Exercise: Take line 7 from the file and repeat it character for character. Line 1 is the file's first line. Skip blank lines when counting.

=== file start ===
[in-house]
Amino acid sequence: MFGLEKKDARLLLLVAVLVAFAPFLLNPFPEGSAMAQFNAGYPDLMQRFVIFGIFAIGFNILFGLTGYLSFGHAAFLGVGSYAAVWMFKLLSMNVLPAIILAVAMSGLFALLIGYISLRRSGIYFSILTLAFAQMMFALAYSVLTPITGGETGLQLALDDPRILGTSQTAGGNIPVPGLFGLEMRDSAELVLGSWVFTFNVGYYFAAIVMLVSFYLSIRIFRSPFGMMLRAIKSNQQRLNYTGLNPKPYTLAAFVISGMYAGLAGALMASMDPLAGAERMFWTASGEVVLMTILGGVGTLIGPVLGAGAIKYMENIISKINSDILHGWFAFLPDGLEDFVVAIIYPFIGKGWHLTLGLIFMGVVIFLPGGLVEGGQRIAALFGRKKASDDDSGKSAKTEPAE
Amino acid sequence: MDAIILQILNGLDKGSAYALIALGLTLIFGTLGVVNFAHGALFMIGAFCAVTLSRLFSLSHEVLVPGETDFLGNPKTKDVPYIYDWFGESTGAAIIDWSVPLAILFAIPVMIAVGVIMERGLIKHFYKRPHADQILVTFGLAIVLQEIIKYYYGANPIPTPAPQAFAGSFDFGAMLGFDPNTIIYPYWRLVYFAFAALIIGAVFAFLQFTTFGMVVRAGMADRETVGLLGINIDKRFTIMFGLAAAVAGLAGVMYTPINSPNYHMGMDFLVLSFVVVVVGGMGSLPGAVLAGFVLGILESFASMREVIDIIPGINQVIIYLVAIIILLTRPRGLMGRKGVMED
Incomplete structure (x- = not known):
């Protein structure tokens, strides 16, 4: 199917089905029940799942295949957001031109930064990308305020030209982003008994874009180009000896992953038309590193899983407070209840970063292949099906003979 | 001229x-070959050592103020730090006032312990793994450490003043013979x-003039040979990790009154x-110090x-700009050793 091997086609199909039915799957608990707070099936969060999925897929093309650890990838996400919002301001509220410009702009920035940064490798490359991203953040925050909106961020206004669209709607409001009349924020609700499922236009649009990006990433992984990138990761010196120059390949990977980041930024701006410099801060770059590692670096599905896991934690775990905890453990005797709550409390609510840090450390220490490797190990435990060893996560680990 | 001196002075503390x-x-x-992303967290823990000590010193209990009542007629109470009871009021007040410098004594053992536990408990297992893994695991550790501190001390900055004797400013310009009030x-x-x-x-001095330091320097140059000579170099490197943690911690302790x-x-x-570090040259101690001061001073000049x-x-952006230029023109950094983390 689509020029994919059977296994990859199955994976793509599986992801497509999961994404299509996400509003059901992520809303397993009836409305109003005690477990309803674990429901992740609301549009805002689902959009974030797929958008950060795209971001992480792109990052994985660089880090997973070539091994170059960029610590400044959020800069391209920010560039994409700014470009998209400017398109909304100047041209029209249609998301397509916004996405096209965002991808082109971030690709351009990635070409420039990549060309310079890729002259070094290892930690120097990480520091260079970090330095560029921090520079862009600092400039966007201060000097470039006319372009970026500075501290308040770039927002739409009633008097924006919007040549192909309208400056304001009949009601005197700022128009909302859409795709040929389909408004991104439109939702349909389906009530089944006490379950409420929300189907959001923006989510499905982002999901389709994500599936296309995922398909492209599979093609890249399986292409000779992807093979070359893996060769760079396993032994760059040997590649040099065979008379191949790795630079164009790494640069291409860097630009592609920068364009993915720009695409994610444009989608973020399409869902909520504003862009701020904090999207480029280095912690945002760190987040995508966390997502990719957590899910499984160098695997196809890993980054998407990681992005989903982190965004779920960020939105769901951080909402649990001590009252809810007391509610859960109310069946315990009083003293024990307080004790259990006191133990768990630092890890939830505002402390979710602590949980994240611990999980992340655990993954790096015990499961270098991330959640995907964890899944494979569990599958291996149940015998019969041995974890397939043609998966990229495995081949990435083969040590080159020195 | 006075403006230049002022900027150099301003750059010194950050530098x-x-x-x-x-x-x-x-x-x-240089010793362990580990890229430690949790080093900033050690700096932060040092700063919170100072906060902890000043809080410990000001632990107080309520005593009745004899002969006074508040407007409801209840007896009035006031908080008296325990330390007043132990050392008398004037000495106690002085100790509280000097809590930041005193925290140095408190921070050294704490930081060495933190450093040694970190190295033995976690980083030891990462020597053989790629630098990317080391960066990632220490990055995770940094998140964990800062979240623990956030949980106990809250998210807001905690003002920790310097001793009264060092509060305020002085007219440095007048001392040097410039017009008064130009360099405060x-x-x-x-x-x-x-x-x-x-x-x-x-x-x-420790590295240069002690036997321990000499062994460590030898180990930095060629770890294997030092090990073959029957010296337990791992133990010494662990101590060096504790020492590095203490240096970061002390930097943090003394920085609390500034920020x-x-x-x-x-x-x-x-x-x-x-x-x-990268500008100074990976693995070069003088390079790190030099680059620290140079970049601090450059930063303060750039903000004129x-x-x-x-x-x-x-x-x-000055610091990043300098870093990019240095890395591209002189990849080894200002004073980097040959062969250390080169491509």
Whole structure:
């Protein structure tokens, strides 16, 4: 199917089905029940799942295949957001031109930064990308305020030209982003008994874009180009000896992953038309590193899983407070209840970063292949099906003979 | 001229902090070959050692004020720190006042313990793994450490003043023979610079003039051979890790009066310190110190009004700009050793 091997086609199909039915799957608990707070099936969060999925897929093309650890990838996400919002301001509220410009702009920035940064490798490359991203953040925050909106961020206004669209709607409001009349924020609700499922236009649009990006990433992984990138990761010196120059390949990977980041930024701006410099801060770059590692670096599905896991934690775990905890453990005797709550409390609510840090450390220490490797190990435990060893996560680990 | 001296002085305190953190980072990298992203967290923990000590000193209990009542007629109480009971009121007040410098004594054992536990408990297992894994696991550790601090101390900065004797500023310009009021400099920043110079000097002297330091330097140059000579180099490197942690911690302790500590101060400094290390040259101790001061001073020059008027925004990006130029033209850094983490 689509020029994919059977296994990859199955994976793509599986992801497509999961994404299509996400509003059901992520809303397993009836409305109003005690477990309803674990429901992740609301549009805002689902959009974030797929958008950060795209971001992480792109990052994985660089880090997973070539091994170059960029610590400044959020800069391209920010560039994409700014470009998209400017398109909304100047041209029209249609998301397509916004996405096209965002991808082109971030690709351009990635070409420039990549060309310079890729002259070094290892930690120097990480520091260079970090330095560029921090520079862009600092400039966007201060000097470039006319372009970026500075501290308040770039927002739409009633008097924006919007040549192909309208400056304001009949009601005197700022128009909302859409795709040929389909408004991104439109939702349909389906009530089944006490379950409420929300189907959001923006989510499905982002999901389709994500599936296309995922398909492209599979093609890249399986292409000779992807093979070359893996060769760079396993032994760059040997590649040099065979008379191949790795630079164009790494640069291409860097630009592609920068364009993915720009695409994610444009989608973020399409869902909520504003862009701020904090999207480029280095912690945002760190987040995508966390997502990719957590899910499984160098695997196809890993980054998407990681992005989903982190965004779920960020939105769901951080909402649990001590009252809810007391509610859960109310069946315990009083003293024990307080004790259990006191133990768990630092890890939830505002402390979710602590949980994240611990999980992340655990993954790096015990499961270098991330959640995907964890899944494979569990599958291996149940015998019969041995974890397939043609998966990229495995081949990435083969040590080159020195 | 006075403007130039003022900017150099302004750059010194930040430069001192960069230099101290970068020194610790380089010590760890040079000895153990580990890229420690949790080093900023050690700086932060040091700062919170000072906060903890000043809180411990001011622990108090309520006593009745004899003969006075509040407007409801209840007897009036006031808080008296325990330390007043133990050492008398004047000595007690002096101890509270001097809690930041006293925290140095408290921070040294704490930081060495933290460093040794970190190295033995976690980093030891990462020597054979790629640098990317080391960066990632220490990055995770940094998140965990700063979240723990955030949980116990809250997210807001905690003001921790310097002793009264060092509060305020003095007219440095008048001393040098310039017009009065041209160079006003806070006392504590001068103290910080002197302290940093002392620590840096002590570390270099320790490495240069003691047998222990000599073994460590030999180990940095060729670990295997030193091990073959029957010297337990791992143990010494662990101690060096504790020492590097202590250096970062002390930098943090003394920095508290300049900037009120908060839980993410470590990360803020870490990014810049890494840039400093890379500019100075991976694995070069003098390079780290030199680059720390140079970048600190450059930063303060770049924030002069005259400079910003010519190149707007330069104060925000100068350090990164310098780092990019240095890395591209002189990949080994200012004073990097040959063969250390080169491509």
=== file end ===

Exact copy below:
């Protein structure tokens, strides 16, 4: 199917089905029940799942295949957001031109930064990308305020030209982003008994874009180009000896992953038309590193899983407070209840970063292949099906003979 | 001229902090070959050692004020720190006042313990793994450490003043023979610079003039051979890790009066310190110190009004700009050793 091997086609199909039915799957608990707070099936969060999925897929093309650890990838996400919002301001509220410009702009920035940064490798490359991203953040925050909106961020206004669209709607409001009349924020609700499922236009649009990006990433992984990138990761010196120059390949990977980041930024701006410099801060770059590692670096599905896991934690775990905890453990005797709550409390609510840090450390220490490797190990435990060893996560680990 | 001296002085305190953190980072990298992203967290923990000590000193209990009542007629109480009971009121007040410098004594054992536990408990297992894994696991550790601090101390900065004797500023310009009021400099920043110079000097002297330091330097140059000579180099490197942690911690302790500590101060400094290390040259101790001061001073020059008027925004990006130029033209850094983490 689509020029994919059977296994990859199955994976793509599986992801497509999961994404299509996400509003059901992520809303397993009836409305109003005690477990309803674990429901992740609301549009805002689902959009974030797929958008950060795209971001992480792109990052994985660089880090997973070539091994170059960029610590400044959020800069391209920010560039994409700014470009998209400017398109909304100047041209029209249609998301397509916004996405096209965002991808082109971030690709351009990635070409420039990549060309310079890729002259070094290892930690120097990480520091260079970090330095560029921090520079862009600092400039966007201060000097470039006319372009970026500075501290308040770039927002739409009633008097924006919007040549192909309208400056304001009949009601005197700022128009909302859409795709040929389909408004991104439109939702349909389906009530089944006490379950409420929300189907959001923006989510499905982002999901389709994500599936296309995922398909492209599979093609890249399986292409000779992807093979070359893996060769760079396993032994760059040997590649040099065979008379191949790795630079164009790494640069291409860097630009592609920068364009993915720009695409994610444009989608973020399409869902909520504003862009701020904090999207480029280095912690945002760190987040995508966390997502990719957590899910499984160098695997196809890993980054998407990681992005989903982190965004779920960020939105769901951080909402649990001590009252809810007391509610859960109310069946315990009083003293024990307080004790259990006191133990768990630092890890939830505002402390979710602590949980994240611990999980992340655990993954790096015990499961270098991330959640995907964890899944494979569990599958291996149940015998019969041995974890397939043609998966990229495995081949990435083969040590080159020195 | 006075403007130039003022900017150099302004750059010194930040430069001192960069230099101290970068020194610790380089010590760890040079000895153990580990890229420690949790080093900023050690700086932060040091700062919170000072906060903890000043809180411990001011622990108090309520006593009745004899003969006075509040407007409801209840007897009036006031808080008296325990330390007043133990050492008398004047000595007690002096101890509270001097809690930041006293925290140095408290921070040294704490930081060495933290460093040794970190190295033995976690980093030891990462020597054979790629640098990317080391960066990632220490990055995770940094998140965990700063979240723990955030949980116990809250997210807001905690003001921790310097002793009264060092509060305020003095007219440095008048001393040098310039017009009065041209160079006003806070006392504590001068103290910080002197302290940093002392620590840096002590570390270099320790490495240069003691047998222990000599073994460590030999180990940095060729670990295997030193091990073959029957010297337990791992143990010494662990101690060096504790020492590097202590250096970062002390930098943090003394920095508290300049900037009120908060839980993410470590990360803020870490990014810049890494840039400093890379500019100075991976694995070069003098390079780290030199680059720390140079970048600190450059930063303060770049924030002069005259400079910003010519190149707007330069104060925000100068350090990164310098780092990019240095890395591209002189990949080994200012004073990097040959063969250390080169491509």